B] At the footer of the form i would recommend that you provide a link that takes one directly to this form. Put another way, each form should have its link printed at the footer so that if i want to go to the article that talks about that particular form / device, i can do so by looking at that link and entering the same in the web browser. This i ask because i find it tedious to navigate back to a particular form after a week. And no! i dont blame your site layout for this!

    Lovely site.
    Keep up the splendid work!

    Have a super day,
    Kaizer.

  7. Tijl Kindt 12 years ago

    Hi David,

    I’ve been reading through your website for the past few weeks with much delight. Some people actually do have the same problems and struggles as I do!

    I’m one of those ‘lazy grad students’ that you mentioned at times, and I must confess I’m probably one of the worst :(… It comes and goes at times, but the last few months have been pretty bad, so I needed some structure in my life once again.

    I really liked your approach of the Task Planner and the Time Tracker, as well as the points system (Concrete Goals). (I actually found your site through the Online CEO website which incorporates your points system for tasks).

    What I was lacking though, was a combination of task planning and time tracking. The Task Planner is good to plan your day, but you have little control on whether you actually stick to it. And the Time Tracker is great to see what you’re doing, but without a good schedule, you’re not going to do anything of course (being a grad student ;)).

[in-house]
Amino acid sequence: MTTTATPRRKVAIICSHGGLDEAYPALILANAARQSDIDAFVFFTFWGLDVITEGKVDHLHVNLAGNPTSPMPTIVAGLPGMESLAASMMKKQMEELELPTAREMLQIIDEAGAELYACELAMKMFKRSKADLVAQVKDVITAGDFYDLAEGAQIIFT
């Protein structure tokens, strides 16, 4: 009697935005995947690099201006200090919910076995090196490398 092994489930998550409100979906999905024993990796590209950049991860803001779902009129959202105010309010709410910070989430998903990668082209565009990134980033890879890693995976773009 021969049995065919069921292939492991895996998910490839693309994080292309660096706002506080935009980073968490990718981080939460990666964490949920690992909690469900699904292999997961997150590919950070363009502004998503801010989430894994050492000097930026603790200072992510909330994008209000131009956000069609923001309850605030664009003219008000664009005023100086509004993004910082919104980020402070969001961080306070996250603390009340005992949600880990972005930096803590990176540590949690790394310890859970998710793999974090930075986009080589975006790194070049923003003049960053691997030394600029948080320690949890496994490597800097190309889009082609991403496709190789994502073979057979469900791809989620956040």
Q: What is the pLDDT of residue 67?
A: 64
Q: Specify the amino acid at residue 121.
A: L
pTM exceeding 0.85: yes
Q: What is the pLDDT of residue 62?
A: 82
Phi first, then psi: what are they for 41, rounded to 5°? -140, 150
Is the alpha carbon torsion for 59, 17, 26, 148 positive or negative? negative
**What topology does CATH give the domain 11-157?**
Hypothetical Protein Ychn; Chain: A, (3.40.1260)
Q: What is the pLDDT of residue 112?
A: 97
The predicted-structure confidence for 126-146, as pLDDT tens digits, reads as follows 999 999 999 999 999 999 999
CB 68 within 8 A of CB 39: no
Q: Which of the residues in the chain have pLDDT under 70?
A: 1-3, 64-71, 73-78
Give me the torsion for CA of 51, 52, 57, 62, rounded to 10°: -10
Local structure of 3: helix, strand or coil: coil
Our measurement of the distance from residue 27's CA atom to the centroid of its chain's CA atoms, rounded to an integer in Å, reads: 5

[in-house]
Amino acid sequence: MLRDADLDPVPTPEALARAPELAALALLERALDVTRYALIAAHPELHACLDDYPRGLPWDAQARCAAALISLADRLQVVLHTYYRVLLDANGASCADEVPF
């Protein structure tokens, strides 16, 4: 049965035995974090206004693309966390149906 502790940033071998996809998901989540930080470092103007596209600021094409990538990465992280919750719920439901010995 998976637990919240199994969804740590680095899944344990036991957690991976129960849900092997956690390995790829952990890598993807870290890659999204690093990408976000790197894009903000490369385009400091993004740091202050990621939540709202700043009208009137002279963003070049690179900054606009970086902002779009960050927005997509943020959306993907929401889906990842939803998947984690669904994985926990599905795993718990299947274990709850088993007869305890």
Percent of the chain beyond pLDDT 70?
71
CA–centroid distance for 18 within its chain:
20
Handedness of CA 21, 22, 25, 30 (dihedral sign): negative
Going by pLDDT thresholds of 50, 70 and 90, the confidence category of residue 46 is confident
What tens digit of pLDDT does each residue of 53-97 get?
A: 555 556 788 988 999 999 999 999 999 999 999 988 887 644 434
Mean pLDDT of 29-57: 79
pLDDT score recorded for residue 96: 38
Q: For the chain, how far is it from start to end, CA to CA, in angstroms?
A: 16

So I need to be able to plan my day, and check if I actually stick to it at the same time (i.e. on the same piece of paper). So… yesterday I made a composition of your Task Planner, Time Tracker and Concrete Goals Tracker into one A4 page (yes, I’m European ;)), using Excel and Photoshop. You can see an example of what a reasonably successful day would look like here.

    As you can see it’s roughly divided into 3 parts. The left part lists appointments and tasks that you need or want to do today. The right upper part has a number of ‘time tracker’ strips aligned to the respective tasks/appointments, and the right lower part has the date, a Notes section and a place where you can sum your points and hours of useful work. So the lower right part is where the verdict goes on the end of the day. I know the time line is pretty broad (7am till midnight), but that’s because I don’t really have a fixed starting or ending point of my day.

    Now… each of the time tracker strips has a thin strip and a thicker strip. I use the thin strip to schedule what I want to do, and I use the thicker strip to track what I actually did. Obviously the ideal day would be one where the planning strips would correspond exactly to the tracking strips.

    I don’t know if there’s anybody else who’s been looking for something similar, but I think I like it. I’ll also make something to keep track of my totals for each day, so I can be happy (or horrified) about how much I did during a whole week).

    If it’s successful, I’m going to let you know in a few weeks time with some comments :) and maybe either beg you or give you $50 to make a fancy one ;).

    Cheers,
    Tijl

  8. Steve Johnston 12 years ago

    The forms are great, and can be printed without too much trouble—except that we use A4 paper down here in Australia, and so some of the page space is wasted.

    Any chance of creating A4 versions?